The emphasis is on quality over quantity. Fine meats and handmade dumplings are stewed at your table in classic, spicy broth. The cheese crab comes stuffed in shells. Don’t even consider showing up during peak hours without a reservation.
The Pavilion’s main dining area features views from the mountains to Taipei 101.
With a guest list that has included former U.S. President Bill Clinton, the Far Eastern Hotel’s Shanghai Pavilion is a classy room boasting a 39th-floor panoramic view that might just be the best in Taipei.
With 40 years of hotel restaurant experience, chef Tai Chung-Lin is known for Shanghainese cuisine with Taiwanese touches, which includes signature dishes such as drunken chicken and braised rock lobster. Dress is smart-casual, and veterans know to book a window table.
If there are rules to drink mixing, cocktail masters Allen and Frankie are destroying them nightly. Think strawberry shisha smoke-infused martinis, three-layer shots served with helium and bubbling potions with dry ice. There’s no drink menu; just tell the guys what flavors you like, and they’ll mix something special.
But Fourplay’s real draw is its innovative use of local spirits, including gaoliang (distilled rice liquor), xiaomi jiu (aboriginal millet wine) and Chinese medicinal herbs.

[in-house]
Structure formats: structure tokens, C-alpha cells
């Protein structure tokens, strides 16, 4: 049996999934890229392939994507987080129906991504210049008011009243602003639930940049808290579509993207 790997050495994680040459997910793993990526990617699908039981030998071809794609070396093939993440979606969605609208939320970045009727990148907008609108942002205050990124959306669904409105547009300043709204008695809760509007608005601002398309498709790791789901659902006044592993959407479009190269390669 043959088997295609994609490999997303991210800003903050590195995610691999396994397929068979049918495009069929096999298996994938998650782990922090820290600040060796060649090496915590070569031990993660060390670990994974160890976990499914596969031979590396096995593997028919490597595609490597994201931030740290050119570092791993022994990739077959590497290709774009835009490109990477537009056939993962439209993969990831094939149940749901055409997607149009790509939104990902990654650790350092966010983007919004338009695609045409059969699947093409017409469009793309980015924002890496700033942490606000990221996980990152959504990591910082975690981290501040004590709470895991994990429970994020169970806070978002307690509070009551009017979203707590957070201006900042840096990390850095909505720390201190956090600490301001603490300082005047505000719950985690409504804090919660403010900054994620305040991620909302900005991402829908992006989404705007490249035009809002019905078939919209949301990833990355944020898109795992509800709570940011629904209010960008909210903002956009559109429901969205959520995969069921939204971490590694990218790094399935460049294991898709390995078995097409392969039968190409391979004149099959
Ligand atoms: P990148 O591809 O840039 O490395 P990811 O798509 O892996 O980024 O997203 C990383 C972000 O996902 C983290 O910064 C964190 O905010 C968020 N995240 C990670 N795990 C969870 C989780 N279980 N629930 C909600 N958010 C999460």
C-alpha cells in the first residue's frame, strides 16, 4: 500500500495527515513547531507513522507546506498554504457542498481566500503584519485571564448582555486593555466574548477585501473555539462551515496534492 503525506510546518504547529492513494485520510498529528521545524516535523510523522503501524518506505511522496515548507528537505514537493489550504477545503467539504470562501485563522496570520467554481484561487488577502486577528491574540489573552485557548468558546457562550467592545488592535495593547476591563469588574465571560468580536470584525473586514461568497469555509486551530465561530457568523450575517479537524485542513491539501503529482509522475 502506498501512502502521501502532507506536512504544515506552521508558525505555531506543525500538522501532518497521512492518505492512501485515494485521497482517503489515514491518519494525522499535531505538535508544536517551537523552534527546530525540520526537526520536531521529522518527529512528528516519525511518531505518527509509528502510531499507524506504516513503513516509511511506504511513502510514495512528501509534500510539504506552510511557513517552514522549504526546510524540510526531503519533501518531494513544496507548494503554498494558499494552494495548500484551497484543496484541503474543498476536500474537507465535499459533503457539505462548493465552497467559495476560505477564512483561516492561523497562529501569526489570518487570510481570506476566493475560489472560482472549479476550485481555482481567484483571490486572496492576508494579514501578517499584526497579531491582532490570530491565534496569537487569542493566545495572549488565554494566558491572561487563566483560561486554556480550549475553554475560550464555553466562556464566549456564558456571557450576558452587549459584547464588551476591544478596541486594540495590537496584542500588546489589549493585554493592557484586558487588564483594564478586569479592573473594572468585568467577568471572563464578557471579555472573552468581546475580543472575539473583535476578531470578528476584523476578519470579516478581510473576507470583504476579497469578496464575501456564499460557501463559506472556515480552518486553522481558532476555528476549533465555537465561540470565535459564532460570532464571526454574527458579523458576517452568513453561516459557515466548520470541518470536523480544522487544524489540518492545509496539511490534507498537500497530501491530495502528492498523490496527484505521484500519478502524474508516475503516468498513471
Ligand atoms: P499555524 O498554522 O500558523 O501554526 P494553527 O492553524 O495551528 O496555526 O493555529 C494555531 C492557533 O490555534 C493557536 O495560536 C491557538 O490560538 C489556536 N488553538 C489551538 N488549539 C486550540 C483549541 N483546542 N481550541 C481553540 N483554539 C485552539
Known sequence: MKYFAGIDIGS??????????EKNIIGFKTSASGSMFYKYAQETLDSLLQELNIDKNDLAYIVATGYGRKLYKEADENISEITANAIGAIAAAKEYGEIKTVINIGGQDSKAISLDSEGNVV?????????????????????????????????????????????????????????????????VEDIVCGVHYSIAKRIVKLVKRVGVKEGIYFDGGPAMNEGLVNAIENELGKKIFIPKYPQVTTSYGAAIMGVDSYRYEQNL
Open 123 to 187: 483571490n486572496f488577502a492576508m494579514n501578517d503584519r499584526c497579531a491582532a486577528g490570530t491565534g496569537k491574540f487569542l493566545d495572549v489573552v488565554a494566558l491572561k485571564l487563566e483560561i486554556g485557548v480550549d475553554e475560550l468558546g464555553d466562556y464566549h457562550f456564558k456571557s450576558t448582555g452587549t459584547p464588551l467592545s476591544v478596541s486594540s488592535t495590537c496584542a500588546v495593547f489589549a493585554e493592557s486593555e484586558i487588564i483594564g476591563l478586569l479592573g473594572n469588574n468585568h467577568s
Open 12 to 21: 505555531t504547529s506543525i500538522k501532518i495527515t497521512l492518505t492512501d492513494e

Drinks don’t get more Taiwanese than the Betel Nut, in which the addictive areca nut (yes, the one that turns local smiles red) is muddled with lime and mint.
For an extravagant night, Xin Yi district’s swanky new dance club is Myst. Expect pole dancers, a waterfall on the enormous, jam-packed dance floor, and international DJs. But the jewel in Myst’s crown is the magnificent city view, with Taipei 101 front and center, practically across the street.
If you forgot to book a private booth on Myst’s awesome open-air patio, you can still take in its best of Taipei vistas from the giant windows in the men’s and ladies’ washrooms.
Club Myst, 9/F, No. 12, Songshou Road (Taipei City Hall MRT) 松壽路12號9樓; +886 2 7737 9997
346 Taiwan Beer Bar
Taiwan Beer’s the name, and Taiwan Beer is what you’ll get in this crusty brewery pub. A pint of beer brewed on the day you buy it will set you back a mere NT$90 ($3). Or, bring a friend and put down NT$550 ($19) for a 3.5-liter barrel.
There’s also a menu featuring dishes cooked in (you guessed it) Taiwan Beer. Friday and Saturday nights can get pretty rowdy, with crowds of friendly, drunken Taiwanese. Access is through the main factory entrance.